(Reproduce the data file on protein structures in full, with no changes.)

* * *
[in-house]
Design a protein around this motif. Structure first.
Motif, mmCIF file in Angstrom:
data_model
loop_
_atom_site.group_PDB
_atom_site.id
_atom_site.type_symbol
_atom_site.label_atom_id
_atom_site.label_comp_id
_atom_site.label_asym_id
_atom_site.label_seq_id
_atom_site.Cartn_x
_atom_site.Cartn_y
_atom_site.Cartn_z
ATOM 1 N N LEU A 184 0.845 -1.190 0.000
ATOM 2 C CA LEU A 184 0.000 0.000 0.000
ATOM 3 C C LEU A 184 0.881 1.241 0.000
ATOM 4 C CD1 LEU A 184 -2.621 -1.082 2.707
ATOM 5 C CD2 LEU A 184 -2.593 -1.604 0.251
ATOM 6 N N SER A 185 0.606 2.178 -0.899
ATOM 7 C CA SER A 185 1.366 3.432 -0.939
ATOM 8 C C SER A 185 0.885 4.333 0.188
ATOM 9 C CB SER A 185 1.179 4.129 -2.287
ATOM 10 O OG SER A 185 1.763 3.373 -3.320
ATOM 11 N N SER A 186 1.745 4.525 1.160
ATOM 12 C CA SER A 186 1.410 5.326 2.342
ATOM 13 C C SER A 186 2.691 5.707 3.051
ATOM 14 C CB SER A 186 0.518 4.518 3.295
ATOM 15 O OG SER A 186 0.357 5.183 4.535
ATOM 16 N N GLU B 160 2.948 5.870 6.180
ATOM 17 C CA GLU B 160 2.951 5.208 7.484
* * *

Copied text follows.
[in-house]
Design a protein around this motif. Structure first.
Motif, mmCIF file in Angstrom:
data_model
loop_
_atom_site.group_PDB
_atom_site.id
_atom_site.type_symbol
_atom_site.label_atom_id
_atom_site.label_comp_id
_atom_site.label_asym_id
_atom_site.label_seq_id
_atom_site.Cartn_x
_atom_site.Cartn_y
_atom_site.Cartn_z
ATOM 1 N N LEU A 184 0.845 -1.190 0.000
ATOM 2 C CA LEU A 184 0.000 0.000 0.000
ATOM 3 C C LEU A 184 0.881 1.241 0.000
ATOM 4 C CD1 LEU A 184 -2.621 -1.082 2.707
ATOM 5 C CD2 LEU A 184 -2.593 -1.604 0.251
ATOM 6 N N SER A 185 0.606 2.178 -0.899
ATOM 7 C CA SER A 185 1.366 3.432 -0.939
ATOM 8 C C SER A 185 0.885 4.333 0.188
ATOM 9 C CB SER A 185 1.179 4.129 -2.287
ATOM 10 O OG SER A 185 1.763 3.373 -3.320
ATOM 11 N N SER A 186 1.745 4.525 1.160
ATOM 12 C CA SER A 186 1.410 5.326 2.342
ATOM 13 C C SER A 186 2.691 5.707 3.051
ATOM 14 C CB SER A 186 0.518 4.518 3.295
ATOM 15 O OG SER A 186 0.357 5.183 4.535
ATOM 16 N N GLU B 160 2.948 5.870 6.180
ATOM 17 C CA GLU B 160 2.951 5.208 7.484